Axes in praxis

Having established – through juxtaposing – the Franco-German axis as one archetype, further recurring comparisons with the basic profile and impact of Dutch-German bilateralism will help to comprehend the distinct praxis of the Franco-German axis. A key observation from the interview series is that the profile of Franco-German and Dutch-German bilateralism – the degree of cooperation and institutionalisation – differs depending firstly on the policy area and secondly on the level of EU cooperation.

The interviewees confirm that the Netherlands and Germany are “politisch sehr wesensnah”, particularly as regards deepening the Economic and Monetary Union, the European budget and migration. Differing about institutional questions, Dutch-German bilateralism stimulates economic (rather than political) integration. On the other hand, the Franco-German axis traditionally works so as to stimulate European political integration, noting that their economic dissimilarities are oftentimes irreconcilable.

Whilst member states logically represent the same positions at all actor levels, the impact of bilateralism in fields of like-mindedness is inextricably linked to the process direction of decision-making: bottom-up (at the working level) or top-down (in and around the European Council). This assessment holds true both for Franco-German and for Dutch-German bilateralism.

No axes at play at the working level

In “Coreper” consultations – the Committee of Permanent Representatives, made up of each country’s (deputy) head of mission in Brussels – Germany and the Netherlands frequently take common positions, provide mutual support and co-organize blocking minorities. “Wenn man es mal zählen würde, vielleicht noch mal ein Tick häufiger als mit den Franzosen,” interviewees from the Dutch and the German Permanent Representation to the EU contemplate.

Nevertheless, there are no axes at play in Coreper, neither a Dutch-German, nor a Franco-German: coalitions are issue-dependent and solid alignment patterns absent. Interviewees provide two reasons for the fluidity in Coreper decision-making: the nature of the dossiers and Brussels’ working-level machinery for dealing with them. Firstly, joint leadership on questions about the Finalité of EU does not necessarily translate into cooperation on technical matters. Secondly, under time pressure the bilateral level is caught between compulsory expeditious consultation with national parliaments about Commission proposals and subsequent multilateral coordination within the Committee of Permanent Representatives’ preparatory bodies. There is no parallel negotiation trajectory to discuss single policy proposals and drafts for acts due to time and (in small-scale administrations) capacity constraints.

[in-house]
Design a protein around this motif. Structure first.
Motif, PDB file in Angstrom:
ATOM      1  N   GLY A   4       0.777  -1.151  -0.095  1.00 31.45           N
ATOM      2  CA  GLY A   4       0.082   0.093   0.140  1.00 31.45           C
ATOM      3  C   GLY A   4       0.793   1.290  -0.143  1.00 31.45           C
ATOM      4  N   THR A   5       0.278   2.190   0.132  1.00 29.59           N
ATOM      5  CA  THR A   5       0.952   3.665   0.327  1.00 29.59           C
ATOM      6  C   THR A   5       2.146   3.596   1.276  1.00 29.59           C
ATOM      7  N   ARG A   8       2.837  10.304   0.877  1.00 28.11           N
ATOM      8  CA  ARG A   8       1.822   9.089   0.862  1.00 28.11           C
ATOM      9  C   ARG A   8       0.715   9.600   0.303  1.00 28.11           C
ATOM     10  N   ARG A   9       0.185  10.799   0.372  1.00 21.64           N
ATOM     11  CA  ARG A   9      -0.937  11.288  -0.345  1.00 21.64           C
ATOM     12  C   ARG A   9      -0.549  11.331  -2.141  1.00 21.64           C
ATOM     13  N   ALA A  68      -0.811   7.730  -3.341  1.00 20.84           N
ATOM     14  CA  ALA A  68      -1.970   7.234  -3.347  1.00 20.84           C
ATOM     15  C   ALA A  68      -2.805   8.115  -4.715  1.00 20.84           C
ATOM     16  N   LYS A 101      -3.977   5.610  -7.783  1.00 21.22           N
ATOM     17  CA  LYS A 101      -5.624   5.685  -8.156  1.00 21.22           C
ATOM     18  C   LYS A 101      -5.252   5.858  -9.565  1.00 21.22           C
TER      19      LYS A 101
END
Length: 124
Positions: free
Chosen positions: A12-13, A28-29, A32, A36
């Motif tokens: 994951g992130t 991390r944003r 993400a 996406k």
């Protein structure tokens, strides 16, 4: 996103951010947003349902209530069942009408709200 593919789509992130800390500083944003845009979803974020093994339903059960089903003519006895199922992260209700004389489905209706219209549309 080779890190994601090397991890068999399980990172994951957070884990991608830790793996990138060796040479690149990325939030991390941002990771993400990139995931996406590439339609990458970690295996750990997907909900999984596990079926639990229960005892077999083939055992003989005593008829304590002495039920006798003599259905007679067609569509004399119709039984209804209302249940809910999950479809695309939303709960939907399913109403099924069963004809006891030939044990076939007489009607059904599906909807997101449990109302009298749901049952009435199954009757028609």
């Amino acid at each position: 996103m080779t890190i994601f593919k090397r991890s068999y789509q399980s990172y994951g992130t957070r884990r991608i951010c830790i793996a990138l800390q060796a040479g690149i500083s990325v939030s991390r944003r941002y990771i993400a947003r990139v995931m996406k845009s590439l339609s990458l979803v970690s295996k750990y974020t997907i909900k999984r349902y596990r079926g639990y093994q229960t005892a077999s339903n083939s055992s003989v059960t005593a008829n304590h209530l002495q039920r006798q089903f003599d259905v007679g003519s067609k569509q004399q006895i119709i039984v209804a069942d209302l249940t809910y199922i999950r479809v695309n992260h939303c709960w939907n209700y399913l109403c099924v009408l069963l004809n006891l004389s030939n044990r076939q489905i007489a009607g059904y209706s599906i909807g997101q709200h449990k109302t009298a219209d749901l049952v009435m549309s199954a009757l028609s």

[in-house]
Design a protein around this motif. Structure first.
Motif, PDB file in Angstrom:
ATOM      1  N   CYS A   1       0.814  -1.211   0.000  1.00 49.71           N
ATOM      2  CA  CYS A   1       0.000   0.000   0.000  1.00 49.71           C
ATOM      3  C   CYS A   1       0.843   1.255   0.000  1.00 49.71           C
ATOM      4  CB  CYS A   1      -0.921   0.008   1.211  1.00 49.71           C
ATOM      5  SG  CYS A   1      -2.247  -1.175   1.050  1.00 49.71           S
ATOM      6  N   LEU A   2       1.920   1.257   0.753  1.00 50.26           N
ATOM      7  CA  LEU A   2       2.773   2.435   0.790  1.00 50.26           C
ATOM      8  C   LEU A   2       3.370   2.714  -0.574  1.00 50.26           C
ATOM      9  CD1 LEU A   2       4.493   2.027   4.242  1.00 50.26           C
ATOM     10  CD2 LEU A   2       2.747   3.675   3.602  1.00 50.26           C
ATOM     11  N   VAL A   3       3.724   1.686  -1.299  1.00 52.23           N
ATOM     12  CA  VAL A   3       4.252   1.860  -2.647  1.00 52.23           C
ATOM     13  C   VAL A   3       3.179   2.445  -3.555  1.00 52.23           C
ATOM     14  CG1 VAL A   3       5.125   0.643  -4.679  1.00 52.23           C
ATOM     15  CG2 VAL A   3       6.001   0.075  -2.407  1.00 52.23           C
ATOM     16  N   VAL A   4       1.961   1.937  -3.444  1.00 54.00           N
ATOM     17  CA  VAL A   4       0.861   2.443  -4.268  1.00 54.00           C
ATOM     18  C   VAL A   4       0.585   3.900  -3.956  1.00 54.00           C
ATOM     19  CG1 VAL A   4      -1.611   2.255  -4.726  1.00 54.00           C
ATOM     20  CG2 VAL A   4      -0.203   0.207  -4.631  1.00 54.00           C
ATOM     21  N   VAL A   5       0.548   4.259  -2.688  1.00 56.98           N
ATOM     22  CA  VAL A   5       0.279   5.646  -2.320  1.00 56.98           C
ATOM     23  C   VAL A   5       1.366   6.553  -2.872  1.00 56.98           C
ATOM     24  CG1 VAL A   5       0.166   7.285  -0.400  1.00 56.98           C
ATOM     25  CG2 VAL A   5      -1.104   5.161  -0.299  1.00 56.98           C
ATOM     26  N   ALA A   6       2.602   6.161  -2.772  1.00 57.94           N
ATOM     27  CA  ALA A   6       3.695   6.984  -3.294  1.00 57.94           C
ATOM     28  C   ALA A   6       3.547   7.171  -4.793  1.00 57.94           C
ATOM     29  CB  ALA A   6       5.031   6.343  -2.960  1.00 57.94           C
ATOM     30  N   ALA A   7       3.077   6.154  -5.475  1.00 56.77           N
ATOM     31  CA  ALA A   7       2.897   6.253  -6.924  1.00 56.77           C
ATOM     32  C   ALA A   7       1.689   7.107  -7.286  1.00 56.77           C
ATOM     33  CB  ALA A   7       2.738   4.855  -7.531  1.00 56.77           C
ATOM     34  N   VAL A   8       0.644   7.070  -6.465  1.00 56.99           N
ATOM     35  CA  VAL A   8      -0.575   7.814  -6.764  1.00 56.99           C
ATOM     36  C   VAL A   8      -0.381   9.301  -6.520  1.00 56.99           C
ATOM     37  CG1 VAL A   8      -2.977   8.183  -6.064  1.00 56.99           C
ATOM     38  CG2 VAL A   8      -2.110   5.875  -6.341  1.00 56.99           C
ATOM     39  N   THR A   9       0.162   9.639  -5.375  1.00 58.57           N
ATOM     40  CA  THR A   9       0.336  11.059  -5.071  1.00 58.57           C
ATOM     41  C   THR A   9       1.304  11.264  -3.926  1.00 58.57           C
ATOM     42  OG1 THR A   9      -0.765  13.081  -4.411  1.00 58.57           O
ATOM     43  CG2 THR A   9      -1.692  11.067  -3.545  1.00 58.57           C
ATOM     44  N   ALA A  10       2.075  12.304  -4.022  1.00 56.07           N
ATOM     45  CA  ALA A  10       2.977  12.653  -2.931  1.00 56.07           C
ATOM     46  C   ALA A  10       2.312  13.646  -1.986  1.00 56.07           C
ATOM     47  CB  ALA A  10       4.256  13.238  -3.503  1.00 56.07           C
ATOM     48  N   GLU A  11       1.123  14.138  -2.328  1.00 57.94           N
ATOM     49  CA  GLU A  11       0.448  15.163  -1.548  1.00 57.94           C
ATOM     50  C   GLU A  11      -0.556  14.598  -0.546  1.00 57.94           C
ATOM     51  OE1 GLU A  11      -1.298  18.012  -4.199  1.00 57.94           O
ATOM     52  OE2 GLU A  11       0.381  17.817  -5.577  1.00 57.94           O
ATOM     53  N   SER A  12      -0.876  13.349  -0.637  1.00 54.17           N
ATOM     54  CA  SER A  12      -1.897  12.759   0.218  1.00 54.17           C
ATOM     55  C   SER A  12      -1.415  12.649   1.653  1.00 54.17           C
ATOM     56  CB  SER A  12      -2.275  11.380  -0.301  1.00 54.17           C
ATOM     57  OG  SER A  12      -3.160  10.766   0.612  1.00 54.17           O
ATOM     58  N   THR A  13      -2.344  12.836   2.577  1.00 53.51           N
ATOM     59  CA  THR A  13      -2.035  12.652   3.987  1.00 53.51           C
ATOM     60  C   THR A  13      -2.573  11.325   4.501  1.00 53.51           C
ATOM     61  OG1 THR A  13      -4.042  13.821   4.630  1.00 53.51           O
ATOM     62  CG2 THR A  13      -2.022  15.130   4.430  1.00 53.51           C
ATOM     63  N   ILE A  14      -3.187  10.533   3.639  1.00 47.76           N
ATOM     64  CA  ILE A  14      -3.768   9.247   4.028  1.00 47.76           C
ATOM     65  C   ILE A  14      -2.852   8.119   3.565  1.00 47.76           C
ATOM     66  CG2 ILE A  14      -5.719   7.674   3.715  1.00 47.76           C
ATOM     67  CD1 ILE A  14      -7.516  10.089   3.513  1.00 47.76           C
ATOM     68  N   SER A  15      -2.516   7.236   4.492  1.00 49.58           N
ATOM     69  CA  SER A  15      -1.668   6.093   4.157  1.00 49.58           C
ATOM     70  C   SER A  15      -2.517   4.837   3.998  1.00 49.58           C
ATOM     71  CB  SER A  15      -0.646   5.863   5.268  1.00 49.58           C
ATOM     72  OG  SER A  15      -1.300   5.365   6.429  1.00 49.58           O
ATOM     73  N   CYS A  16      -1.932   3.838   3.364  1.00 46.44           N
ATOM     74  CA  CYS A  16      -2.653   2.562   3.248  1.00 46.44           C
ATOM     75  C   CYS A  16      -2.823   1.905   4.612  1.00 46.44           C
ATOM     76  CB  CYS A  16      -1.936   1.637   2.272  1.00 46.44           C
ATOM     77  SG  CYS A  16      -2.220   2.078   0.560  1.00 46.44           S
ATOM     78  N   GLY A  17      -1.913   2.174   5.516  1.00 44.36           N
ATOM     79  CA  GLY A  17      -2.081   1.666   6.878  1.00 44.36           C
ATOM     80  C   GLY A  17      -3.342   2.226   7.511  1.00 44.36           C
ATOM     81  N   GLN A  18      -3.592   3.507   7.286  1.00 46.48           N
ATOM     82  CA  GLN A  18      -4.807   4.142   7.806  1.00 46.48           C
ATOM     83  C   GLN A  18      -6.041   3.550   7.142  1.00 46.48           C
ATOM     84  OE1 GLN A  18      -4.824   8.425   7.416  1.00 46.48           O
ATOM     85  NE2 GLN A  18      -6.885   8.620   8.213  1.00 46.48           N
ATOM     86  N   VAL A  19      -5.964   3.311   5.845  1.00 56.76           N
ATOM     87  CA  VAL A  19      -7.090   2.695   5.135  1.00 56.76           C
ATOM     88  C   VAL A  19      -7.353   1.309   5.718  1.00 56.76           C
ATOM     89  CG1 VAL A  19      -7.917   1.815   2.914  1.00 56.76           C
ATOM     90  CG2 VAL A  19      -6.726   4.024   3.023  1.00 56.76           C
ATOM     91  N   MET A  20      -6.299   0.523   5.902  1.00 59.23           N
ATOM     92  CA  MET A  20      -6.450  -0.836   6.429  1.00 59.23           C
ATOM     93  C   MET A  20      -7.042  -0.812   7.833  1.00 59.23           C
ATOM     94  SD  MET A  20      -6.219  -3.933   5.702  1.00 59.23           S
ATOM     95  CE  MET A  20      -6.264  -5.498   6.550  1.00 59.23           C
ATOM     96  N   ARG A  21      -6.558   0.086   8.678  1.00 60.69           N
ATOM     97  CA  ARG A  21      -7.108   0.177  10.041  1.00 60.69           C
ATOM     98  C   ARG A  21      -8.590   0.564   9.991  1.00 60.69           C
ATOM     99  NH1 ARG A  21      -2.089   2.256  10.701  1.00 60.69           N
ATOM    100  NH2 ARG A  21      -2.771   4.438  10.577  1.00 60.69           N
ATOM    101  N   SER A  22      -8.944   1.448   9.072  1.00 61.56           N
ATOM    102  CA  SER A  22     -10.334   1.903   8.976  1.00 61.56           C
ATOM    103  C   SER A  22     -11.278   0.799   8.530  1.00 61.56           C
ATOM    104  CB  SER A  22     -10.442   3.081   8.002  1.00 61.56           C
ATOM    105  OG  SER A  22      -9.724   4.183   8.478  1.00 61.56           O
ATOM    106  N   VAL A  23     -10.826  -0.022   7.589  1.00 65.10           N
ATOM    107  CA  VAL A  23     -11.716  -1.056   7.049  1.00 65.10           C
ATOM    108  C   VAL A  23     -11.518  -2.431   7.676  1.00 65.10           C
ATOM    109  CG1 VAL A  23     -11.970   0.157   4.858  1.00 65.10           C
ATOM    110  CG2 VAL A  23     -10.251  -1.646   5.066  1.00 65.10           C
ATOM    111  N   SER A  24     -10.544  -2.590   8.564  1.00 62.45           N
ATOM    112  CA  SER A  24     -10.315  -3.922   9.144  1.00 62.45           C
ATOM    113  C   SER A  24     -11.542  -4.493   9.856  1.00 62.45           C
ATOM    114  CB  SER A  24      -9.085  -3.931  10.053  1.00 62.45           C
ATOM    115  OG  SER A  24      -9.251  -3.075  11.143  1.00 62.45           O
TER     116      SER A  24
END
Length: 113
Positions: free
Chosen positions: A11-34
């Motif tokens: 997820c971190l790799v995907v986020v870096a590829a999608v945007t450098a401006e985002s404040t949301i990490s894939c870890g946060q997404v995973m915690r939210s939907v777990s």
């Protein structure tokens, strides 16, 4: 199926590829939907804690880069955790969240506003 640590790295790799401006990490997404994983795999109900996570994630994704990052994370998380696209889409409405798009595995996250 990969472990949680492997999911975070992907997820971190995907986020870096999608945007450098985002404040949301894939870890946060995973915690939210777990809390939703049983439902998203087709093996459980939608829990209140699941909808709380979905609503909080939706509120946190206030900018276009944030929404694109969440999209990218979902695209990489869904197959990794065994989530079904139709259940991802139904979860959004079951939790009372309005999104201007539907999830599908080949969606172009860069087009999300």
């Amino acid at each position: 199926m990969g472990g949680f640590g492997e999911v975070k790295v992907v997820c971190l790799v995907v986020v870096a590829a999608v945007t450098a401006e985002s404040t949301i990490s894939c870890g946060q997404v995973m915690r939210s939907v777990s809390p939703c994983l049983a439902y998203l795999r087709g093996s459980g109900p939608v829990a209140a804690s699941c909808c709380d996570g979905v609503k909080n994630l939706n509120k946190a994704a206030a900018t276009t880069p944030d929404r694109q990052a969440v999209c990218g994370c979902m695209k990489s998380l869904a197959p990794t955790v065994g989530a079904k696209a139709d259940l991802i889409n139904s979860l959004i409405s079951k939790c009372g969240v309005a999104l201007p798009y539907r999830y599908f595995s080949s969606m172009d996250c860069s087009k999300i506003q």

What obstructs bilateral cooperation with Germany in Coreper

Dutch interviewees point at two country-specific factors that obstruct bilateral cooperation with Germany in Coreper, one ideological and one constitutional. For one thing, its consensual mind-set, which originates in its historical responsibility for and stake in European integration, renders Germany hesitant to undertake initiatives with individual member states; it rather approaches the Commission.

For another, Germany’s federal system constitutes a structural obstacle in coordinating with the country up to an advanced phase of the negotiation process. Article 23 of the German constitution requires the Federal Government to coordinate the vast bulk of EU affairs closely with the sixteen bundesländer. Its position in Coreper consequently remains provisional, forcing it to abstain (the notorious ‘German vote’), until it ultimately reaches a fixed standpoint. The federal system renders Germany an incapable and inflexible partner at the working level – both for the Netherlands and for France.

Task-specific consultations unite German and Dutch bureaucracies

Rather than a Dutch-German or Franco-German axis, there are multiple driving and steering forces that affect ad-hoc coalition building at the working level: the European Commission that initiates proposals, the Council secretariat and the Presidency. Policy evaluators confirm that a cross section of mundane dossiers does not display a Franco-German axis. Germany and France are oftentimes ‘on board’ due to the Presidency’s efforts, rather than as a result of bilateral coordination between them.

Bilateral cooperation does exist at the bureaucratic level, yet only between like-minded countries. Decoupled from concrete issues in Coreper, inter-ministerial task-specific consultations typically do prevail. Germany and the Netherlands jointly partake in various continuous dialogues between like-minded countries, e.g. on trade, agrarian and development policy. The interviewees stress the importance of these task-specific consultations: in the absence of an informal trajectory activated to deal with Coreper issues, coordination amongst ‘natural allies’ is valuable in creating a wider support base a propos. Not being soulmates, France and Germany lack such institutionalised working-level contacts. Indeed, France organizes itself with its own like-minded EU member states.